Equality and Diversity - Key Stage 1&2
Guidance, Resources and Advice
Equalities Curriculum for Primary Schools - Teaching Pack
Are you wanting to develop your Anti-bullying and Equalities work in your primary school? Do you want ideas for activities for anti-bullying week as well as a scheme of work for all year groups? This resource will provide you with the newly updated Anti-bullying and Equalities GHLL scheme of work, including a range of practical activities and ideas for lessons for Reception to Year 6 pupils.
Providing emotional support to students. #imwithsam- autism and learning disability hate crime campaign. 73% of young people with learning disabilities have suffered from some form of hate crime.
What you can do:
- Sign up online to show your support
- Share our campaign video to show others why it’s so important to report hate crimes
- Follow our guide to write to your MP and tell them how important it is to tackle hate crime
- Add a free #ImWithSam overlay to your Facebook profile picture and share online
Brothers, sisters and autism: A parent's guide to supporting siblings -Having children with and without autism comes with a unique set of challenges. You’re not only faced with doing what’s best for your child with autism, but also with paying attention to the needs of any brothers or sisters. No matter what you call them (neurotypical, typically developing, normal, etc.), these siblings are often dealing with the same struggles and feelings that you do as parents. They, too, feel a sense of loss, confusion, and frustration – all at a time before they’ve had a chance to develop coping skills. These future advocates, potential caretakers, and lifelong friends will establish the longest lasting relationship with your child on the spectrum. Therefore, they need guidance and support from the start. You’re likely to find that supporting your children without autism will prove to be a long-term investment in your child with autism.
The topics addressed in this resource include:
• Strategies and resources to help teach your children about their sibling with autism
• Ways to address fairness, share attention, and recognize differences between your children
• Complicated feelings that may come up during family outings, holidays, play dates, and other special events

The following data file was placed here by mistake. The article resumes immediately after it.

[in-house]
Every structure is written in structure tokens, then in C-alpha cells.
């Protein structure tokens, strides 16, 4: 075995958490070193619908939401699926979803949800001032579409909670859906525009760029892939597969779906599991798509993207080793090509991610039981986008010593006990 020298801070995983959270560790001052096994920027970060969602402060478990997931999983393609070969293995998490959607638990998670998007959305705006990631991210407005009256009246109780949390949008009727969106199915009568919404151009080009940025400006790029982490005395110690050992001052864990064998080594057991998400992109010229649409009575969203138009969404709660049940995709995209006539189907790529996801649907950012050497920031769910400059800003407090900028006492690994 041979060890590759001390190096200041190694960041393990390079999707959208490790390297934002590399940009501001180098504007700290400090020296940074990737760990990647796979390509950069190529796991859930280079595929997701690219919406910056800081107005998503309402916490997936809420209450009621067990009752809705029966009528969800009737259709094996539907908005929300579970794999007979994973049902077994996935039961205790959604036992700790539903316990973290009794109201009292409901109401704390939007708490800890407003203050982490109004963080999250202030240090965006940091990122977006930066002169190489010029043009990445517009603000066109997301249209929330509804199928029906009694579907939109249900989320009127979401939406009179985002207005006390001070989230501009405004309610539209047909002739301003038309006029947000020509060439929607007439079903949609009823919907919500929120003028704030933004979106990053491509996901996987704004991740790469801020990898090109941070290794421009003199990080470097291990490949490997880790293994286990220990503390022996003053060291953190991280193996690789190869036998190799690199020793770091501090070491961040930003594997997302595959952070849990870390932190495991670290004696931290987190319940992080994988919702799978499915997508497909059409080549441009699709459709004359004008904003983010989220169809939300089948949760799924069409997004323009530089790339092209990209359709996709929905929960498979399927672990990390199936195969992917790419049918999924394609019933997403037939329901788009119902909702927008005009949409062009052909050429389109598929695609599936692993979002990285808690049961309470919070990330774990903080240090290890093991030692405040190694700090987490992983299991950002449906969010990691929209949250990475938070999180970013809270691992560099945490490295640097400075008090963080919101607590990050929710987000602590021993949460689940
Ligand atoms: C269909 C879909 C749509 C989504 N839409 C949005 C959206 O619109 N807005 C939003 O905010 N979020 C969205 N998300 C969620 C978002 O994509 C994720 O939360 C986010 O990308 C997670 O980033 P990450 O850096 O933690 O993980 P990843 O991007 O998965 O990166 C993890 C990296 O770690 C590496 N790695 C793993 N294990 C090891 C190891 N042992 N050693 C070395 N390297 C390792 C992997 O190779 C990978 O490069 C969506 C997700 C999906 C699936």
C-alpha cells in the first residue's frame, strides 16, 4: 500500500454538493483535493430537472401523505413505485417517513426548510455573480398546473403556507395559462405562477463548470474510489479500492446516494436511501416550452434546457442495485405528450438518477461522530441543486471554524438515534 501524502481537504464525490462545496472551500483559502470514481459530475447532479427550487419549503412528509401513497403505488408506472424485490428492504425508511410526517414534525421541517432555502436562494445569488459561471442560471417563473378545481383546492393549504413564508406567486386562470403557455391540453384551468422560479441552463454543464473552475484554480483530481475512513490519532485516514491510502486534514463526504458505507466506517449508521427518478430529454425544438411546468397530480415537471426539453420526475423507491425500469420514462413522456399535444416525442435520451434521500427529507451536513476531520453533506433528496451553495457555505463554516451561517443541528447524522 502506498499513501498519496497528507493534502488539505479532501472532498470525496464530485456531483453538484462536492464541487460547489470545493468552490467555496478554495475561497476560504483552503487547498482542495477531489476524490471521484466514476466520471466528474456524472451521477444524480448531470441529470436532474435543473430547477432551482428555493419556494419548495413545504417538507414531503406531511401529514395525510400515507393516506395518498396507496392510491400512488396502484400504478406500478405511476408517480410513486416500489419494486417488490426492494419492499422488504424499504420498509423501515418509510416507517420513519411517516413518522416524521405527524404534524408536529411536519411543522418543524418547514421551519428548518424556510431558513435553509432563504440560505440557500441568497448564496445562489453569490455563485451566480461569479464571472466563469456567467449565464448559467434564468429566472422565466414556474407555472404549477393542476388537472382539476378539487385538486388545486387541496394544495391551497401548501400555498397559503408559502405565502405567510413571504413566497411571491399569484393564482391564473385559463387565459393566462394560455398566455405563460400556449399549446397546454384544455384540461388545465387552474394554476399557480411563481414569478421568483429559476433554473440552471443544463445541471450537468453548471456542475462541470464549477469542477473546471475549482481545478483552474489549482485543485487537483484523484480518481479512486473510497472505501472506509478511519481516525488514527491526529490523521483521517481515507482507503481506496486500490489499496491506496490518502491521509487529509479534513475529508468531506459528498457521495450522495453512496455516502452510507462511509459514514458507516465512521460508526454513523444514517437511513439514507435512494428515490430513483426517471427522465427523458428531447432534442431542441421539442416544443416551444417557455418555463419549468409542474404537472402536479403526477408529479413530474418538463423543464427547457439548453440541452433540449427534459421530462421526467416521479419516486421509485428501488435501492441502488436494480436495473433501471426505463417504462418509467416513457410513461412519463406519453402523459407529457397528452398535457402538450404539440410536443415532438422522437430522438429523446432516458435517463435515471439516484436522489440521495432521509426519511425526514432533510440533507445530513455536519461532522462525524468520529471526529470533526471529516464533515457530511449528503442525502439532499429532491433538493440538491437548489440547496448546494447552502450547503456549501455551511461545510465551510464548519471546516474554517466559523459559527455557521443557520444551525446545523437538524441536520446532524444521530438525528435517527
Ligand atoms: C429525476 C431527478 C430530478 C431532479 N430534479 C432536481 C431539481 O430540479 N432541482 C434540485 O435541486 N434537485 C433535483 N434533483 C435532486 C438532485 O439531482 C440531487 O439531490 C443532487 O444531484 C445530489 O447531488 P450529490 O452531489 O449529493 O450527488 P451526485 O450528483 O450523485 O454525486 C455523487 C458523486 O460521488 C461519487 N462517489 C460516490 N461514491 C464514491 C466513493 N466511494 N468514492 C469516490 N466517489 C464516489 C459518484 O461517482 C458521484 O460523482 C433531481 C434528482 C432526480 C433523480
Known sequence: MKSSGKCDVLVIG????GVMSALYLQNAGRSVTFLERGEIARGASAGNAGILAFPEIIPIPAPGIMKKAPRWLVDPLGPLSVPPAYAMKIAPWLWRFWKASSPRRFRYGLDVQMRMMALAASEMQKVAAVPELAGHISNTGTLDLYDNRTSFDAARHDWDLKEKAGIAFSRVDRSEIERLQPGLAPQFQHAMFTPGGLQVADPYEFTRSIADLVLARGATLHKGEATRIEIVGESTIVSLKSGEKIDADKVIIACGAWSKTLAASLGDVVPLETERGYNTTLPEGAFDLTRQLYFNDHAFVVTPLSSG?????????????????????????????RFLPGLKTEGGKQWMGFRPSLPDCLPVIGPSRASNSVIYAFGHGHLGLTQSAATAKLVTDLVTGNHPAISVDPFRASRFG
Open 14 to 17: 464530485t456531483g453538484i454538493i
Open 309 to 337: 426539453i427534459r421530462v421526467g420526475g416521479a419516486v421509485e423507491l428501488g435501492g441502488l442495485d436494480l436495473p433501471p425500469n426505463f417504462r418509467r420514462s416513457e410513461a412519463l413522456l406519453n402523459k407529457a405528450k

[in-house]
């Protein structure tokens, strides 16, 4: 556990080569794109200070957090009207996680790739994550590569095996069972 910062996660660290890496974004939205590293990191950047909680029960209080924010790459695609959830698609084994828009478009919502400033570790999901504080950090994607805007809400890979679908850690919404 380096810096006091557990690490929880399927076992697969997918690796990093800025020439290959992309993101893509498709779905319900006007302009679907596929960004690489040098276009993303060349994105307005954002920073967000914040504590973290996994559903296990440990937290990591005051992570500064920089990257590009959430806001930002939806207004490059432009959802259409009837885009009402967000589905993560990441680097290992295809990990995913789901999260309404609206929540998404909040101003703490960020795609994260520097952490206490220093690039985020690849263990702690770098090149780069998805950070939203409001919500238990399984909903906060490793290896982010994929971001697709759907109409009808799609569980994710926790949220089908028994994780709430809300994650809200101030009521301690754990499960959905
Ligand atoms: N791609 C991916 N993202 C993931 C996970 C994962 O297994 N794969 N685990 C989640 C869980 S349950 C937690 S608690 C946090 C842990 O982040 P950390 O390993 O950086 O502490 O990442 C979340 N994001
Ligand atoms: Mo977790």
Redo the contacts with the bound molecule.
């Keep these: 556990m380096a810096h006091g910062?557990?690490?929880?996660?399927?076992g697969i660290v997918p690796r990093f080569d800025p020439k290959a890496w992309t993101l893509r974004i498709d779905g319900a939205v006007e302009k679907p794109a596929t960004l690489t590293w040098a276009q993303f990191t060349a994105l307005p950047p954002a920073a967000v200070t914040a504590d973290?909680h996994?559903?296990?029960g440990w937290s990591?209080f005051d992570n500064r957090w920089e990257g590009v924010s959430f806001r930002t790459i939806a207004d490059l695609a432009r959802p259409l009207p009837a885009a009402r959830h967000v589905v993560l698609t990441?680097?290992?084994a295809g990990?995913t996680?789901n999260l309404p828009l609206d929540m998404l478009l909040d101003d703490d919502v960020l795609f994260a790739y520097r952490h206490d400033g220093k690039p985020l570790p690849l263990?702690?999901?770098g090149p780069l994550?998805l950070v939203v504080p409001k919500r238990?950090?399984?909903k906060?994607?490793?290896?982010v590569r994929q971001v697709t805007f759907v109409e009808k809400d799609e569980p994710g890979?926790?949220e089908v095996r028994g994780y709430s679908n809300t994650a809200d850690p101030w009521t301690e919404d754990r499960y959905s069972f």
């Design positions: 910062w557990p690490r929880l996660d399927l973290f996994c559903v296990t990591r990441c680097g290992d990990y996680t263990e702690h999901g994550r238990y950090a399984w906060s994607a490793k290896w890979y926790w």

• Difficult emotions and situations that your children without autism may experience, including negative feelings and violent behaviour
• Ways to facilitate bonding, getting along, and time apart
• Testimonials from other autism parents
Life as an autism sibling: a guide for teens - When your brother or sister has autism, you have a different kind of sibling relationship. While it can be enjoyable and rewarding, you may also experience challenges and feelings that are tough to deal with. Two young adult siblings created this resource after connecting with dozens of teens about the ups and downs of growing up with a brother or sister with autism. The advice provided in this guide is based on their questions, concerns, and insight. The tips and stories featured are written by teens who have kindly shared their very real experiences. You might find that you can relate to some of what’s written. What’s most important to remember is that there are others out there who understand what it’s like to be in your shoes.
Trans* Inclusion Schools Toolkit - Supporting transgender and gender questioning children and young people in East Sussex schools and colleges
Stonewall - Acceptance without Exception - some great resources and information available for all key stages
Stonewall Education Guides - Primary Best Practice Guide - How primary schools are celebrating difference and tackling homophobia.
Supporting pupils after a terrorist attack
Teachers can utilise PSHE or Citizenship lessons for discussions that provide timely support for pupils at a difficult and sensitive time, in which case we hope the following guidance will help you:
- Secondary: our framework for discussing terrorist attacks is more suited to secondary aged pupils
- Primary: see our guidance discussing a terrorist attack with children in the primary phases.
This guidance is not intended as a script or lesson plan, but to help teachers answer questions, structure discussion and, if appropriate, extend children’s learning and understanding. Teachers should pick out what they feel is relevant for the nature and circumstances of an event, the age and readiness of the children, and their whole-school ethos and values.
How to respond to children affected by media coverage of terrorist attacks and other bad news. Click here.
10/04/16 The Guardian - 'It's only a phase': What not to say to LGBT pupils if they come out - The way a teacher responds to the moment a student tells them they are gay, and the impact this has on the student. Young people take about three and a half years before they finally decide to come out, according to a survey for LGBT Youth Scotland. Try to avoid saying the wrong thing at this crucial moment of disclosure:
- Don't say, "I don't have a problem with it"
- Don't say, "You do know I'm not gay?"
- Don't tell them "It's only a phase"
- Don't pretend to know more than you do
- Don't do anything without consulting the student
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